Containment and care in mental health
Containment is being prioritised over care within some mental health services in the UK. This is one of the outcomes of the Care Quality Commission’s (CQC) Mental Health Act Annual Report, which has claimed mental health services have to improve the care provided to patients in hospitals.
According to the research, greater emphasis needs to be placed on giving care that is based on the needs of the individual, with some hospitals making choices about treatment without patients being involved in the decision-making process.
As part of the study, 4,569 patients subjected to the Mental Health Act were interviewed by the CQC, with 1,546 wards visited to assess the different treatment administered.
One visit revealed none of the interviewees were aware of the details of their care plan, nor did they feel involved in the planning of their treatment.
“In addition, some patients did not have any information about being discharged from hospital, including what they had to do to prove they could be discharged,” the report added.
Commenting on the report, Chartered Psychologist Dr John Hanna said:
“Since the advent of crisis teams and the national reduction in acute bed base, the clientele on acute mental health wards are more typically patients under section, with greater requirement for containment, as less at-risk individuals are now more successfully supported through crisis in the community.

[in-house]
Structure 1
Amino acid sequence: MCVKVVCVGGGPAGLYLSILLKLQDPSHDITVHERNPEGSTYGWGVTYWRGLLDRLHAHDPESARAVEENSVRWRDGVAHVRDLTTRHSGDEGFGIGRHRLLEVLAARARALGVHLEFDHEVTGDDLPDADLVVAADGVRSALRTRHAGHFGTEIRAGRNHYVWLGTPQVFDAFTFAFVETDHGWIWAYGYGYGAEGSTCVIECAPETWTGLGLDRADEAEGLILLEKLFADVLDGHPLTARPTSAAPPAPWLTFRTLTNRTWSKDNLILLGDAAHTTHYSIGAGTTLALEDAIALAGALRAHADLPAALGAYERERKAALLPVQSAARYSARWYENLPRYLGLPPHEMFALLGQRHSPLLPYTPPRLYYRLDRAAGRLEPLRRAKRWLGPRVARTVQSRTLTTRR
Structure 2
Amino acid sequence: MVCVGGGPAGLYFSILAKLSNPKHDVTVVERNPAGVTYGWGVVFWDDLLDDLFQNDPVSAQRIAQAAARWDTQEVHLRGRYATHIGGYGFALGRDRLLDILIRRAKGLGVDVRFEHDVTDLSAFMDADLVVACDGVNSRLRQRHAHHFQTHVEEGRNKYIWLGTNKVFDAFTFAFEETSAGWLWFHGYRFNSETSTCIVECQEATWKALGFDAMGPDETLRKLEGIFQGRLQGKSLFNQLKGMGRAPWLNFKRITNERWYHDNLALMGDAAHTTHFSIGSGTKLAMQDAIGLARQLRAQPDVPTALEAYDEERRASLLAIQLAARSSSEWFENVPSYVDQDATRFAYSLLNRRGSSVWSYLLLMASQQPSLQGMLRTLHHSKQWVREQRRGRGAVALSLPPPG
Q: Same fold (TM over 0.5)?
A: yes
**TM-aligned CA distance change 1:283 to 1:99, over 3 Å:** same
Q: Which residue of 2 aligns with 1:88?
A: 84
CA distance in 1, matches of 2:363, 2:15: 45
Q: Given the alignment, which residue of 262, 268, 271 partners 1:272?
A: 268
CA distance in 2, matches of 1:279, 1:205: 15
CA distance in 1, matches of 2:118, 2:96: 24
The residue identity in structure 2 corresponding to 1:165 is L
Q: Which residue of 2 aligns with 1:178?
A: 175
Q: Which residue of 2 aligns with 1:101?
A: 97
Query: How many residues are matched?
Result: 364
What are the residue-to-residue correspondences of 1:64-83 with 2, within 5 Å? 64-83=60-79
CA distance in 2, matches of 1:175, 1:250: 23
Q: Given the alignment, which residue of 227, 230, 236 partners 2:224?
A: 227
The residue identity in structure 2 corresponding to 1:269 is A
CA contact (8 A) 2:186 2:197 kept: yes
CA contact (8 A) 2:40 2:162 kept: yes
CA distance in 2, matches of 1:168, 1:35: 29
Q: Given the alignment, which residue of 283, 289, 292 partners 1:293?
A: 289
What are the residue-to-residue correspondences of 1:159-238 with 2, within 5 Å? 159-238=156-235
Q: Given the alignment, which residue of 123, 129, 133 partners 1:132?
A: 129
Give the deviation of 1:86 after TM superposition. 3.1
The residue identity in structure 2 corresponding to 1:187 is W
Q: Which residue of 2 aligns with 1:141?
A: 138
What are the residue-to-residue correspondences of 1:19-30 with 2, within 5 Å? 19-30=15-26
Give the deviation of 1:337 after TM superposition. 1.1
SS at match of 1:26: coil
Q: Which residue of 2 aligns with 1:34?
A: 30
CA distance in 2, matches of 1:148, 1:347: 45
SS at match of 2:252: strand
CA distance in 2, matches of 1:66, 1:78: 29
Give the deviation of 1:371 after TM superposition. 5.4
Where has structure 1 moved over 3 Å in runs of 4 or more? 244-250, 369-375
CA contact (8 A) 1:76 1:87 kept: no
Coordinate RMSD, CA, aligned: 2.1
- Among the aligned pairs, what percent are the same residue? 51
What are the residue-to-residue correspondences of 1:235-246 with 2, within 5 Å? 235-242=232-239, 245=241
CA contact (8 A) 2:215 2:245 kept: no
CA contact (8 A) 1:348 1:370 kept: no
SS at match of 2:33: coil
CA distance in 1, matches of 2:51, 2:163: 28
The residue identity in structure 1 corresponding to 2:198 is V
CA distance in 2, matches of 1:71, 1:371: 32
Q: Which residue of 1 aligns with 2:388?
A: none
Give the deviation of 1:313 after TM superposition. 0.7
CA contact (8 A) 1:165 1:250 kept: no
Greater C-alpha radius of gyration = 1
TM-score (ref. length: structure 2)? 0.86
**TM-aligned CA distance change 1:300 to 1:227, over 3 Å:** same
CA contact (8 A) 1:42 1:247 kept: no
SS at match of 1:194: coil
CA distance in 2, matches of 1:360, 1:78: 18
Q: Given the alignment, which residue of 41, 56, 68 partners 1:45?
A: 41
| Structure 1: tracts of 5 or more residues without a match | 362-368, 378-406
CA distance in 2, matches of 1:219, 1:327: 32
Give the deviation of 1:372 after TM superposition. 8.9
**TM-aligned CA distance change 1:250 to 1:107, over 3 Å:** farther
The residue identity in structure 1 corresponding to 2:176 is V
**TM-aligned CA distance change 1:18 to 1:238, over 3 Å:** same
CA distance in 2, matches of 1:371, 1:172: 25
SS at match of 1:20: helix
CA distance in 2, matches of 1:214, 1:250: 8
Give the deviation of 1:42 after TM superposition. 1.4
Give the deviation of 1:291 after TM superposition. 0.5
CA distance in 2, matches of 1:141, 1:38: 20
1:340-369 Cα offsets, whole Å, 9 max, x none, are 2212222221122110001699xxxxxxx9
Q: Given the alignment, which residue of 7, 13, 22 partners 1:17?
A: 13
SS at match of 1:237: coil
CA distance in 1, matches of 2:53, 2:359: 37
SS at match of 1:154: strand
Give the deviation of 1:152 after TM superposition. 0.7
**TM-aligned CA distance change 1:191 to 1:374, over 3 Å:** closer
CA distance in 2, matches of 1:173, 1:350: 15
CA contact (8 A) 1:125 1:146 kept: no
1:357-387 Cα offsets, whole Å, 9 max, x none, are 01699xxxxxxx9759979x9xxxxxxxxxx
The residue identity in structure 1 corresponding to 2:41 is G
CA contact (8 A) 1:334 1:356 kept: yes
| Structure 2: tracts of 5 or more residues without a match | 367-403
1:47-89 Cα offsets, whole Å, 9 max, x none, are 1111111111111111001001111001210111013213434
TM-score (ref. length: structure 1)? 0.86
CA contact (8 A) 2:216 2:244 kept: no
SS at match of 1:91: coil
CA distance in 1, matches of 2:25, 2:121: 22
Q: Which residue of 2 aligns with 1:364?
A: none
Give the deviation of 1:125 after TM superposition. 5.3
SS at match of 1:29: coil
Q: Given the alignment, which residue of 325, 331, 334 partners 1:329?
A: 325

“This has made the challenge service user involvement in care planning all the more considerable. All inpatients should receive therapeutic interventions to help them make sense of their distress, to contextualise and explain the reasons behind their admission and to work collaboratively toward treatment in a less restrictive environment.
“The problems identified by the CQC are often due to an imbalance in staffing and service provision – some services are not working to a biopsychosocial, multidisciplinary model of distress and while providing good medical treatment, they are not sufficiently addressing psychological and psychosocial aspects of care as psychologists and other therapists are very thin on the ground, or not present. Commissioners, and regulatory bodies such as the CQC, need to give greater focus to this imbalance in order for this worrying trend to be reversed.”
Credit : The British Psychological Society is a charity registered in England and Wales, http: //www.bps.org.uk/news/containment-and-care-mental-health>
Read The Report: Mental Health Act Annual Report 2011/12[ http://www.cqc.org.uk/sites/default/files/media/documents/cqc_mentalhealth_2011_12_main_final_web.pdf